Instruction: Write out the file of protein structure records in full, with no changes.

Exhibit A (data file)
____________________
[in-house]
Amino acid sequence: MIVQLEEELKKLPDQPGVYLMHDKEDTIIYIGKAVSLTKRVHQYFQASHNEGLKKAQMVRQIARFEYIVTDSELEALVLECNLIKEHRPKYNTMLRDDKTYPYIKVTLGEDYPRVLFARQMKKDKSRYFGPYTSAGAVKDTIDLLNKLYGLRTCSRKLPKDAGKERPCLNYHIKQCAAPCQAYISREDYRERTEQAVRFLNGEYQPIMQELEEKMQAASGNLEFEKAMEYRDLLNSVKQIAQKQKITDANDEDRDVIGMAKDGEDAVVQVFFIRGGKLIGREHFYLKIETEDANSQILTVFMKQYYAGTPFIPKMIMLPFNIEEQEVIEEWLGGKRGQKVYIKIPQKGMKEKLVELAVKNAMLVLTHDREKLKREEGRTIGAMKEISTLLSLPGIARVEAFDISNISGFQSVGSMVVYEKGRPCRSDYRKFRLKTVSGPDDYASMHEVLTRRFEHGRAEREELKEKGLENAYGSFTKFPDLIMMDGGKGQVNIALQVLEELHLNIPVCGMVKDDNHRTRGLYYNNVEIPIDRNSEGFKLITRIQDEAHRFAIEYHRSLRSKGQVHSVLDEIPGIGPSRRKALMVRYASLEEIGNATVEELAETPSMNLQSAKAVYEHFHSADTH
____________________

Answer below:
[in-house]
Amino acid sequence: MIVQLEEELKKLPDQPGVYLMHDKEDTIIYIGKAVSLTKRVHQYFQASHNEGLKKAQMVRQIARFEYIVTDSELEALVLECNLIKEHRPKYNTMLRDDKTYPYIKVTLGEDYPRVLFARQMKKDKSRYFGPYTSAGAVKDTIDLLNKLYGLRTCSRKLPKDAGKERPCLNYHIKQCAAPCQAYISREDYRERTEQAVRFLNGEYQPIMQELEEKMQAASGNLEFEKAMEYRDLLNSVKQIAQKQKITDANDEDRDVIGMAKDGEDAVVQVFFIRGGKLIGREHFYLKIETEDANSQILTVFMKQYYAGTPFIPKMIMLPFNIEEQEVIEEWLGGKRGQKVYIKIPQKGMKEKLVELAVKNAMLVLTHDREKLKREEGRTIGAMKEISTLLSLPGIARVEAFDISNISGFQSVGSMVVYEKGRPCRSDYRKFRLKTVSGPDDYASMHEVLTRRFEHGRAEREELKEKGLENAYGSFTKFPDLIMMDGGKGQVNIALQVLEELHLNIPVCGMVKDDNHRTRGLYYNNVEIPIDRNSEGFKLITRIQDEAHRFAIEYHRSLRSKGQVHSVLDEIPGIGPSRRKALMVRYASLEEIGNATVEELAETPSMNLQSAKAVYEHFHSADTH